In the end, this is not an exclusively religious argument, as the pro-abortion Left always suggests. For me, it’s purely an ethical one. At what point beyond conception are pro-abortion activists willing to concede that a human life is at stake? Apparently a heartbeat is not enough to convince them. Neither does the appearance of small fingers and toes. Nor the ability to feel pain. These are all things that happen before the child is “viable”. But even viability is not enough for some of the more radical abortion activists, who are proposing choice right up to the moment of birth. Incredibly, and despite the real limitations imposed on mid- or late-term abortions in many states (in line with Roe and Casey), some pro-choice advocates are now acting as if overturning these cases causes women to lose such an unfettered right!

Practical Matters

Anyone can obtain a variety of birth control alternatives without a prescription (and often for free). This includes emergency contraception, or the “morning after pill”. Granted, sometimes birth control measures fail, which places the prospective mother (and perhaps an involved or conscientious father) in a difficult position. Nevertheless, careful use of birth control would minimize the abortion problem and obviate much of the debate, but people are often too impulsive or careless about sex.

Late term abortions are a fairly small percentage of all abortions. The CDC reported that in 2018, 50,000 (~8%) abortions occurred after the first trimester (14+ weeks), and 6,200 (1%) took place at or beyond the point of theoretical viability (21+ weeks). This study found that of abortions at 20+ weeks, mothers tended to be younger (20 -24), discovered their pregnancies somewhat later, faced logistical and financial delays in arranging the abortion, or faced other challenging life circumstances. However, the researchers rebut a common rationale for late-term abortion when they say:

“… most women seeking later terminations are not doing so for reasons of fetal anomaly or life endangerment.

Eugenics and Classism

Pregnancies among black women are terminated at a disproportionately high rate. That’s consistent with the original, eugenicistic and racist goals of Planned Parenthood founder Margaret Sanger. This is an outcome to top all disparate impacts. I have witnessed pro-abortion activists counter that these aborted lives would have been miserable, impoverished, and without opportunity — essentially not worth living — but these are value judgements of the most monstrous kind. I’ve also heard the pathetic argument that fiscal conservatives should be happy that abortions will reduce spending on aid programs. Of course, the plight of the would-be mother is also emphasized by pro-abortion advocates, but we should not be so eager to accept the tradeoff here: abortion gets the mother is off the hook, but a child’s life is at stake. No matter the odds of success, human beings are all endowed with potential and opportunity, and it’s not necessary to be economically secure to be happy or pursue dreams.

It’s easy to be pessimistic that public policy can ever mitigate the economic burden on impoverished women who bring unexpected or unwanted pregnancies to term, or to brighten the economic future of their children. After all, over the decades since the Great Society program was conceived, the welfare state has proven no better than a dependency treadmill. Family structure has been decimated by those programs and the destructive consequences of the failed (but ongoing) war on drugs. Likewise, public education is a disaster. However, there are also alternatives such as adoption, and there are many private individuals and organizations working to encourage prospective mothers and ease those burdens.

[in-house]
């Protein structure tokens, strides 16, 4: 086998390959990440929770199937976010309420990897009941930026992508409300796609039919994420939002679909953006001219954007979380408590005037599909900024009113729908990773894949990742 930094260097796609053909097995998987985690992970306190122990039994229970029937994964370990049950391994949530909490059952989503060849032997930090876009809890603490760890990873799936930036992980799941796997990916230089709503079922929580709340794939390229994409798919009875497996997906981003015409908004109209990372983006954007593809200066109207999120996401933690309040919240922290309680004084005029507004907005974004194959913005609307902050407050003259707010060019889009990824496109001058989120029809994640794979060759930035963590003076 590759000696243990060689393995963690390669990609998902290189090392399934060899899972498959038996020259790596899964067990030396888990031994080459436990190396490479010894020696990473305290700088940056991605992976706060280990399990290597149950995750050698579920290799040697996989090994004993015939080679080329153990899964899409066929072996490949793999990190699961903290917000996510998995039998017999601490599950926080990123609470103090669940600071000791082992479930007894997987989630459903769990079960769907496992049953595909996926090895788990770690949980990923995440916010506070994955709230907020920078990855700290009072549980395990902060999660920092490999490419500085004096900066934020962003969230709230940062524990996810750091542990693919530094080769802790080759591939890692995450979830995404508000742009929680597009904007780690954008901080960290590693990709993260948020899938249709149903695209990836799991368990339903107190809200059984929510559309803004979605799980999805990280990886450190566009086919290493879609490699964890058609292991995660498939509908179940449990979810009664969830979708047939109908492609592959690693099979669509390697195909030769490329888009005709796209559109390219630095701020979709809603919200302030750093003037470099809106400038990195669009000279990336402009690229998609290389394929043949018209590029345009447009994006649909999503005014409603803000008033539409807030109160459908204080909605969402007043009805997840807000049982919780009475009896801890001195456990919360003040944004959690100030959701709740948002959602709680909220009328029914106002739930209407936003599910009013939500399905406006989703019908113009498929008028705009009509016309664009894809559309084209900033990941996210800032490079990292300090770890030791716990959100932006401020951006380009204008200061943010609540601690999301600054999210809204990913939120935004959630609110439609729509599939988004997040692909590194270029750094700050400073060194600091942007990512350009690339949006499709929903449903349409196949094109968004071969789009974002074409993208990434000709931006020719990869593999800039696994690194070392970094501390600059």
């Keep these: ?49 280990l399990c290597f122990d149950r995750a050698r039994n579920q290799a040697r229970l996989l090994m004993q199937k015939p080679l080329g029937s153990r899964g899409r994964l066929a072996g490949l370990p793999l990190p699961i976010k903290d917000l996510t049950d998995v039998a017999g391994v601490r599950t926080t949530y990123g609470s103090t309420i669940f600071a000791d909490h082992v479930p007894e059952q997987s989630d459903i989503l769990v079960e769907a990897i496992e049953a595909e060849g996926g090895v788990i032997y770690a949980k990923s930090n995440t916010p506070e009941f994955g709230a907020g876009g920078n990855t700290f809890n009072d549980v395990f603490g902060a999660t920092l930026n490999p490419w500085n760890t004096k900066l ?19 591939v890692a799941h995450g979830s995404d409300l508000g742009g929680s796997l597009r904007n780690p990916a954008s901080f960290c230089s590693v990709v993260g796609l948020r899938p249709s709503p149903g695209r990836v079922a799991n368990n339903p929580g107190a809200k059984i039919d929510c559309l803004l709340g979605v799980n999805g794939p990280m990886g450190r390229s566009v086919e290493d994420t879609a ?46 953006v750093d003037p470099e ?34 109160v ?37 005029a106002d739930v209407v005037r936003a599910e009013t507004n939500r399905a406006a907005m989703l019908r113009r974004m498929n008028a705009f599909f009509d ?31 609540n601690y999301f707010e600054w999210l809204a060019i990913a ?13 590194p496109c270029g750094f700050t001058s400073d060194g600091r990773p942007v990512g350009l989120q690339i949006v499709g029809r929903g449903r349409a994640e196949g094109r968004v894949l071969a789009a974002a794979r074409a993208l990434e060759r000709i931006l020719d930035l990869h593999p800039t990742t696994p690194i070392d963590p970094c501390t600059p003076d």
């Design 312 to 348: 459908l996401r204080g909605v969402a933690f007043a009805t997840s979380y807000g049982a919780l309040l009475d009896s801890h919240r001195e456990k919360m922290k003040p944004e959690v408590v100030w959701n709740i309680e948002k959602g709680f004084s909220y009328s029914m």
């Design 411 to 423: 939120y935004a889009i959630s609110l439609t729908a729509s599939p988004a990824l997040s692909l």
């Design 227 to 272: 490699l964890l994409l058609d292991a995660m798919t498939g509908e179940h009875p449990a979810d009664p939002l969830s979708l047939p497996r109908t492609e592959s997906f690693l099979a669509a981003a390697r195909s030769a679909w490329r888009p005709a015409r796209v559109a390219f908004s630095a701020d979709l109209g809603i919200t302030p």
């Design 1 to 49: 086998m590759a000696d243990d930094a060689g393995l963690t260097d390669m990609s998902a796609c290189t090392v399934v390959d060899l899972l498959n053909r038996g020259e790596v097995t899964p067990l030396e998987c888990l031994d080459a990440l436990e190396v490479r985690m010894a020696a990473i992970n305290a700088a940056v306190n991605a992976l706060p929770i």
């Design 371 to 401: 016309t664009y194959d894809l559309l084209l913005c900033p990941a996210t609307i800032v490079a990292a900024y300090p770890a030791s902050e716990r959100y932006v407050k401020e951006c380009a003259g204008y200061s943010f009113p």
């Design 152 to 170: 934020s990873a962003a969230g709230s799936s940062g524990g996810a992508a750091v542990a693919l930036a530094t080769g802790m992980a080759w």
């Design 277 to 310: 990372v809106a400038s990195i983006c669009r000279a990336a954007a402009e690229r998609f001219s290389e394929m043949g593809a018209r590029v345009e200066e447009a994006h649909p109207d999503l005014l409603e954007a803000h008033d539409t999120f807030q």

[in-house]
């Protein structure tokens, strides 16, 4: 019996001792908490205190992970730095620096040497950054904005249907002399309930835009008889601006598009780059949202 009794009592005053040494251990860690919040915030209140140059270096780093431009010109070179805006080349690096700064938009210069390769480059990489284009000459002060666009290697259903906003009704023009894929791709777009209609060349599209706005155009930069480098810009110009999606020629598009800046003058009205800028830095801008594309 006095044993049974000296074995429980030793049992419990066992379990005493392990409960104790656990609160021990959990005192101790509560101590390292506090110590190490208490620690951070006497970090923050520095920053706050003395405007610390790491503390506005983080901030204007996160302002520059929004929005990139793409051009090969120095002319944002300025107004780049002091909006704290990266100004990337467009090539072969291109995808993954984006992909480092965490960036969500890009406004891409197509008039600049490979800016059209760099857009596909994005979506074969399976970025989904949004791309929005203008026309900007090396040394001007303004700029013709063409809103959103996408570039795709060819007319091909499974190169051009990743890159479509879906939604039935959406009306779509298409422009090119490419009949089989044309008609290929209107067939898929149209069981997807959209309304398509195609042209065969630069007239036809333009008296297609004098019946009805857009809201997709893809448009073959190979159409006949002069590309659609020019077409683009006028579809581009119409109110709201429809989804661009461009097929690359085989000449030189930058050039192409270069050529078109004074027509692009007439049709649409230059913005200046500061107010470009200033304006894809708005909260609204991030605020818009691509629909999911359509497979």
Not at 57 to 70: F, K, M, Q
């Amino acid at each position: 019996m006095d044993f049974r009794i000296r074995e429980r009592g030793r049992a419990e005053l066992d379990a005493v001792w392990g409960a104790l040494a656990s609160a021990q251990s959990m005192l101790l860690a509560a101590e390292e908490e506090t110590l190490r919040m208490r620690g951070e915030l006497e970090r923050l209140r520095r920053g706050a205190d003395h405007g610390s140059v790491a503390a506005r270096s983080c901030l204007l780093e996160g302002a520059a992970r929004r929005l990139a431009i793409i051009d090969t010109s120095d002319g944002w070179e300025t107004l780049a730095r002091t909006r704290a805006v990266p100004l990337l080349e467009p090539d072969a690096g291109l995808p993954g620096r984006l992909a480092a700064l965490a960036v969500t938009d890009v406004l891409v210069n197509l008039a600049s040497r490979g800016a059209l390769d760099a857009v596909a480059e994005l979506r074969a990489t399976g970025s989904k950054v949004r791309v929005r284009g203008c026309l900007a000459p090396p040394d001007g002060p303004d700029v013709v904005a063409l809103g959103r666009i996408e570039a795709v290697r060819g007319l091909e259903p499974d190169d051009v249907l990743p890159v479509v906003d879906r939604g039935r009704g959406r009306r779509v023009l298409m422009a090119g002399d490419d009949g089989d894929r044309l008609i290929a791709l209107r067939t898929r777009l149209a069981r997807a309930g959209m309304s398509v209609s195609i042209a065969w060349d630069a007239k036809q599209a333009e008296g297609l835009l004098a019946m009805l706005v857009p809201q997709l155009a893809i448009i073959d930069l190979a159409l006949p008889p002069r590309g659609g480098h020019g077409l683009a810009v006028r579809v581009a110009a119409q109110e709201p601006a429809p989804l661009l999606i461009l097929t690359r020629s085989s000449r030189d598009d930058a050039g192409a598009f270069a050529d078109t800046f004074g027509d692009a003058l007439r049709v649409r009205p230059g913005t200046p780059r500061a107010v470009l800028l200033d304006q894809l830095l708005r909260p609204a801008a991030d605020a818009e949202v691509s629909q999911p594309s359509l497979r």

The Leak

The leak of the draft opinion in Dobbs is unfortunate as it compromises the ongoing integrity of the Court’s internal debates and proceedings. In addition to this institutional damage, the impropriety of staging protests outside the homes of justices and inside places of worship should be roundly condemned by people with respect for judicial integrity, privacy and free exercise. These protests are partly attempts to intimidate, and they have even been accompanied by threats of violence. The belligerent posture of these activists is unconscionable.

Long Live Federalism

Again, the Court’s final decision in Dobbs might not be the opinion in the leaked draft. However, if the Court does indeed overturn Roe, it would not outlaw abortion. Rather, it would allow voters in each state to have a voice in aligning the law with public sentiment. Some states will have more restrictive abortion laws than others, but even the Mississippi law at issue in Dobbs allows abortion up through week 15, almost two weeks longer than the original Roe limitation.

The country is still deeply divided on the issue of abortion. Fundamentally, a broader acceptance of the life-and-death reality of abortion would help bring more consensus on the issue. One theory I have is that many who oppose overturning Roe would simply rather not think about that reality. In their minds, Roe keeps abortion compartmentalized, safely walled off from conscience and sometimes even spiritual convictions. They rationalize Roe based on their inability to observe the person whose life is at stake, and they accept justifications that minimize the value of that life.

A single rule imposed by the Court has not and will not resolve these differences. Indeed, Roe and Casey were failed acts of judicial activism that should be reversed. While bad legislation is regrettable, it is always subject to review and challenge by the people. In a federalist system, a bad law is contained like a single experimental treatment in a large trial with multiple arms. However, in this case, unlike a trial with random selection of subjects, one treatment group may differ from others in important respects, and the objective is not to identify one single-best solution, but different solutions that work best for different groups. That is a closer approximation to real self-government than federal legislation and especially one-size-fits-all Court rule-making.